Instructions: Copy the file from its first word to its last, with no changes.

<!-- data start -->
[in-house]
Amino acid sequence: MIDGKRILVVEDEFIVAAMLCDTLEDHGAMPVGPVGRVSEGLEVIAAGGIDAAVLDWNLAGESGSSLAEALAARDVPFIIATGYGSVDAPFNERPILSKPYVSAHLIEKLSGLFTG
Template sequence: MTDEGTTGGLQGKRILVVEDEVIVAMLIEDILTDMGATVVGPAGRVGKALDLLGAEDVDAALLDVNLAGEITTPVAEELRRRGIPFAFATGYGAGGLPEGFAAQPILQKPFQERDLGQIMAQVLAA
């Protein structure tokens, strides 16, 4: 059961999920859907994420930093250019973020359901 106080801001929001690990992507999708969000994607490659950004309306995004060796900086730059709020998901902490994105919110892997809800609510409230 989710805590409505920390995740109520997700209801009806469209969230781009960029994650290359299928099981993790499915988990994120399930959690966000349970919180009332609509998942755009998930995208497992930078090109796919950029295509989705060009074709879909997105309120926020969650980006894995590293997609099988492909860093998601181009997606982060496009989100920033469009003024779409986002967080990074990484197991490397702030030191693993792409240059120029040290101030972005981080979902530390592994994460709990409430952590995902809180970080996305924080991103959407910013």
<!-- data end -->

[in-house]
Amino acid sequence: MIDGKRILVVEDEFIVAAMLCDTLEDHGAMPVGPVGRVSEGLEVIAAGGIDAAVLDWNLAGESGSSLAEALAARDVPFIIATGYGSVDAPFNERPILSKPYVSAHLIEKLSGLFTG
Template sequence: MTDEGTTGGLQGKRILVVEDEVIVAMLIEDILTDMGATVVGPAGRVGKALDLLGAEDVDAALLDVNLAGEITTPVAEELRRRGIPFAFATGYGAGGLPEGFAAQPILQKPFQERDLGQIMAQVLAA
């Protein structure tokens, strides 16, 4: 059961999920859907994420930093250019973020359901 106080801001929001690990992507999708969000994607490659950004309306995004060796900086730059709020998901902490994105919110892997809800609510409230 989710805590409505920390995740109520997700209801009806469209969230781009960029994650290359299928099981993790499915988990994120399930959690966000349970919180009332609509998942755009998930995208497992930078090109796919950029295509989705060009074709879909997105309120926020969650980006894995590293997609099988492909860093998601181009997606982060496009989100920033469009003024779409986002967080990074990484197991490397702030030191693993792409240059120029040290101030972005981080979902530390592994994460709990409430952590995902809180970080996305924080991103959407910013």